Pleasant Grove School To Be Rebuilt With Space Center, Planetarium
PLEASANT GROVE, Utah — Students at Central Elementary School in Pleasant Grove learned their 70-year-old school will be rebuilt. The school will include a new space Center and planetarium.
The school was already home to the Christa McAuliffe Space Center – a STEM experience that all fifth graders in the Alpine School District get each year.
“The space center in the district is the opportunity to use simulated learning to be able to captivate and inspire students as they are put into a starship looking scenario,” said James Porter, director of the space center.
The center’s simulators give students the chance to learn about engineering and science.
“We open the eyes to all the kids that it is not just about being the astronaut – it is about all the people that do all the math, that gets that astronaut safely there,” he said.
Since 1990, the space center has taught 400,000 students about the final frontier.
“The space center is a great source of pride for our school. It did start here. There is nothing like it in the nation,” said Central principal Ryan Wells.
At an assembly on Monday, district leaders announced that the school will be rebuilt, including a new space center.
You can only imagine the enthusiasm among Central students when they learned not only will their 70-year-old school be rebuilt with the space center – there are also plans to build a 40-seat planetarium.
The project got a big boost at the assembly, with a $1 million donation from the Edward St. John Foundation – a Baltimore, Maryland-based organization that helps elementary, middle and high schools with funding for programs like the space center.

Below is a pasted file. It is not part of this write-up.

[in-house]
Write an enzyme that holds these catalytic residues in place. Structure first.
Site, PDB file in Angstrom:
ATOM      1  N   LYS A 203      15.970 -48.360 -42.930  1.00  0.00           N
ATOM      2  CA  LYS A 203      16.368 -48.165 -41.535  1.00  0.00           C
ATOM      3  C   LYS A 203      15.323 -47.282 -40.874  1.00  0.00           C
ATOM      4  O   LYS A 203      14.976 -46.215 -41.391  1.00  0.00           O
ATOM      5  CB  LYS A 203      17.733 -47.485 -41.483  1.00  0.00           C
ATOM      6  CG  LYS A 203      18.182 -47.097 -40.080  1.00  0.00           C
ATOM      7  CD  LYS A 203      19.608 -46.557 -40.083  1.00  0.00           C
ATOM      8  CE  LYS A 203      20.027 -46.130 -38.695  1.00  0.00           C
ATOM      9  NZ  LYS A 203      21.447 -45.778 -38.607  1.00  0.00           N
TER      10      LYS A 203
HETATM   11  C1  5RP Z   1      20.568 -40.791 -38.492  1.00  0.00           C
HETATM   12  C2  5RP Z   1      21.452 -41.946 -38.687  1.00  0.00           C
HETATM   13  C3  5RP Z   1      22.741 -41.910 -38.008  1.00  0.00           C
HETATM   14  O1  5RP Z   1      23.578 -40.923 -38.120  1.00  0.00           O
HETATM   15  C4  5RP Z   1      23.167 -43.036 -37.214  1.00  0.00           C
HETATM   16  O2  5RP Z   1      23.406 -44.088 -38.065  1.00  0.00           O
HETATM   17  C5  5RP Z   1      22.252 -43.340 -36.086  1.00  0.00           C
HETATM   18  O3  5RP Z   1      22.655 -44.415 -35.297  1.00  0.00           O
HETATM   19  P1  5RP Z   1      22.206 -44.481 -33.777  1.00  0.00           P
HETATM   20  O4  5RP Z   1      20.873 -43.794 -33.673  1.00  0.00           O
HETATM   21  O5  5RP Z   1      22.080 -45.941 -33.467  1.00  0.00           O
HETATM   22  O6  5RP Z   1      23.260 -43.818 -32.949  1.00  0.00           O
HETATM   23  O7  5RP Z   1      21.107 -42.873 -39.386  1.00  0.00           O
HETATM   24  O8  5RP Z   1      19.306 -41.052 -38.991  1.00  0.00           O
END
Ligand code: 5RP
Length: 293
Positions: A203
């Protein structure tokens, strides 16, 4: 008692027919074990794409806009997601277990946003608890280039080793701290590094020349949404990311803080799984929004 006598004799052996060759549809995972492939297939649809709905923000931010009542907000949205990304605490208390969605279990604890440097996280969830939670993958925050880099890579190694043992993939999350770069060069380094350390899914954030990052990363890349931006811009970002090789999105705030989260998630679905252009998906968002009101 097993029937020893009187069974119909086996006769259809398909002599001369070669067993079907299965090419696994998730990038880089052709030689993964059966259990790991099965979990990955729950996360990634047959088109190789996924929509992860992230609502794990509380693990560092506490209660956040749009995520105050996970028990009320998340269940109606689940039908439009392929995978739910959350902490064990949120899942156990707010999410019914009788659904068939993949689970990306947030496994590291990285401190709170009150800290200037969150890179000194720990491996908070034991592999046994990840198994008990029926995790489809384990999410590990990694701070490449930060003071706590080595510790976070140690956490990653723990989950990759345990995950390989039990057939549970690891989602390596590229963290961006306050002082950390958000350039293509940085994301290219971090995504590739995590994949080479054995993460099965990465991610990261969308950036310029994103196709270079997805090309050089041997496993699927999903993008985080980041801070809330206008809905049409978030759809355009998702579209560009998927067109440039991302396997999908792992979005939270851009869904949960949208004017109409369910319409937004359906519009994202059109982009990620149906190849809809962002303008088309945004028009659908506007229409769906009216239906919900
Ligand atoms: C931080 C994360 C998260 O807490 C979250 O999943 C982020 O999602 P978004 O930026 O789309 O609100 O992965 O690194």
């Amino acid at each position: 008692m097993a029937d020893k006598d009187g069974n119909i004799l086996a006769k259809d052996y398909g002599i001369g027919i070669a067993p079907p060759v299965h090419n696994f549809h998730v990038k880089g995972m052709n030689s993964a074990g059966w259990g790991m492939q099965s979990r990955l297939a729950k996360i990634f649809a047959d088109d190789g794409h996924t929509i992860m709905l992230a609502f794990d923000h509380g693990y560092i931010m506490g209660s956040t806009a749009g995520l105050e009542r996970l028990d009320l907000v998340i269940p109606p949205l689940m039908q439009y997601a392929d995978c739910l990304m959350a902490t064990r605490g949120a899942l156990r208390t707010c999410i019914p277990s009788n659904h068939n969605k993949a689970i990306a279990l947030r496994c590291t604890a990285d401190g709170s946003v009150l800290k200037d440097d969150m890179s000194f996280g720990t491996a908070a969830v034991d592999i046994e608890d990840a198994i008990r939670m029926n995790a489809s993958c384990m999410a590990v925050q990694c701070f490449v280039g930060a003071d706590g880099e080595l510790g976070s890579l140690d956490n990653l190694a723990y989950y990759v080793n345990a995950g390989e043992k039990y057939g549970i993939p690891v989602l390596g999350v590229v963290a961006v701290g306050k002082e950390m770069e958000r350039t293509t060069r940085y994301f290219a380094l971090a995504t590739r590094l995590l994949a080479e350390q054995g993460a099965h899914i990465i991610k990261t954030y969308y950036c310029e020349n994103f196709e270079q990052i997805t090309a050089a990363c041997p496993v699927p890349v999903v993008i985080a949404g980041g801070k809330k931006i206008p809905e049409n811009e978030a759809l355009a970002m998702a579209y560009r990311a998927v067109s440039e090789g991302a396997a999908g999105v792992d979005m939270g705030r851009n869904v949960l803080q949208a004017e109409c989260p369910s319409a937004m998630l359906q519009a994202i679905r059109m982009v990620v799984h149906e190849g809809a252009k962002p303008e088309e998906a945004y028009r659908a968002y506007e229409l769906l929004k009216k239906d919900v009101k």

“This donation will help them to build state-of-the-art technology and the new space center with a fixed planetarium,” said Daniel Thomas of St. John Properties.
Efforts will now begin to gather another $3 million in donations, which the school principal believes will provide unique learning opportunities for students in the district for another generation.
“We are excited because this is the next step in education, more interactive and immersive learning and we are excited to give that opportunity to the students at Central elementary and in the Alpine School District and the surrounding area,” Wells said.
Construction on the new school is expected to take a little more than a year. The planetarium is dependent on reaching donations for the full $4 million.
If all goes as planned, the new space center and Central School, will open in the fall of 2020.
- Anchorage Alaska Temple to be rebuilt, moved to a new location - KSLTV.com (pageviews: 8444)
- Search warrant reveals neighbors discovered bodies of Haight family (pageviews: 7455)
- Body found inside limestone kiln in Salt Lake City foothills (pageviews: 6751)
- Slain Enoch girl texted friend that dad was acting strange and she was worried (pageviews: 5763)
- ‘Overwhelming’ response for radon testing after Lehi woman shares cancer diagnosis story - KSLTV.com (pageviews: 5046)
- Snow College employee found dead in off-campus student housing unit (pageviews: 3984)